Physicians Say Up to 30% of Treatment Unnecessary
Medical doctors surveyed cited "fear of malpractice" as the top reason for unnecessary care. Researchers suggest that aspiring MDs learn about overtreatment well before it becomes a concern.
Despite years of industry emphasis on curbing costly and potentially harmful unnecessary care, physicians believe that overtreatment remains an ongoing problem, according to a research from Johns Hopkins University School of Medicine published this week in the journal PLOS ONE.
The findings, based on a survey of more than 2,000 physicians, revealed that most physicians surveyed (64.7%) believe that at least 15% to 30% of medical care is unnecessary. Those surveyed were from a subgroup of the American Medical Association’s Physician Masterfile.
The top three culprits cited include:
- Prescription medications (22%)
- Tests (24.9%)
- Procedures (11.1%)
“Unnecessary medical care is a leading driver of the higher health insurance premiums affecting every American,” says Martin Makary, MD, MPH, professor of surgery and health policy at the Johns Hopkins University School of Medicine and the paper’s senior author.
Makary and colleagues also collected physicians’ opinions as to why overtreatment occurs.
- Fear of malpractice (84.7%)
- Patient pressure/request (59%)
- Difficulty accessing medical records (38.2%)
In addition, most respondents (70.8%) believed that physicians are more likely to perform unnecessary procedures when they profit from them. And most respondents believed that de-emphasizing fee-for-service physician compensation would reduce healthcare utilization and costs.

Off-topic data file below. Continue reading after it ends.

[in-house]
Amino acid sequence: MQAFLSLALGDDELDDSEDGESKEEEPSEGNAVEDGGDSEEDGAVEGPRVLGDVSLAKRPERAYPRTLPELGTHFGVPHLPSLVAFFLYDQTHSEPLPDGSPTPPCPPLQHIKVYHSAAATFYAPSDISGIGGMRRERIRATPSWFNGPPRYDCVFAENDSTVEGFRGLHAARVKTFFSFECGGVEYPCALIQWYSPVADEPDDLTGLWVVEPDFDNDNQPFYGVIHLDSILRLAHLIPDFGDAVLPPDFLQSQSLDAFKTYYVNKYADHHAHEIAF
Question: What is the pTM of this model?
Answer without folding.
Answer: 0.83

The top three selected potential solutions for eliminating unnecessary services were training medical residents on appropriateness criteria for care (55.2%), easy access to outside health records (52%) and more evidence-based practice guidelines (51.5%).
“Addressing overtreatment can have a major impact on rising healthcare costs in the US,” the authors wrote. “Using the IOM’s estimate of excess costs arising from overtreatment, a 50% reduction in ‘unnecessary services’ would result in $105 billion in savings each year, or about 4% of total national healthcare spending.
While initiatives such as such as Choosing Wisely and Improving Wisely, which aim to reduce unnecessary tests and procedures, have raised awareness about overtreatment, future work should focus on the most high-volume over-utilized tests and procedures by specialty, wrote Makary and colleagues.
Finally, physicians should be taught about appropriateness early, beginning in medical school and continuing in residency, the authors urged, noting that healthcare utilization by physicians may be influenced by the cost environment in which they trained as residents.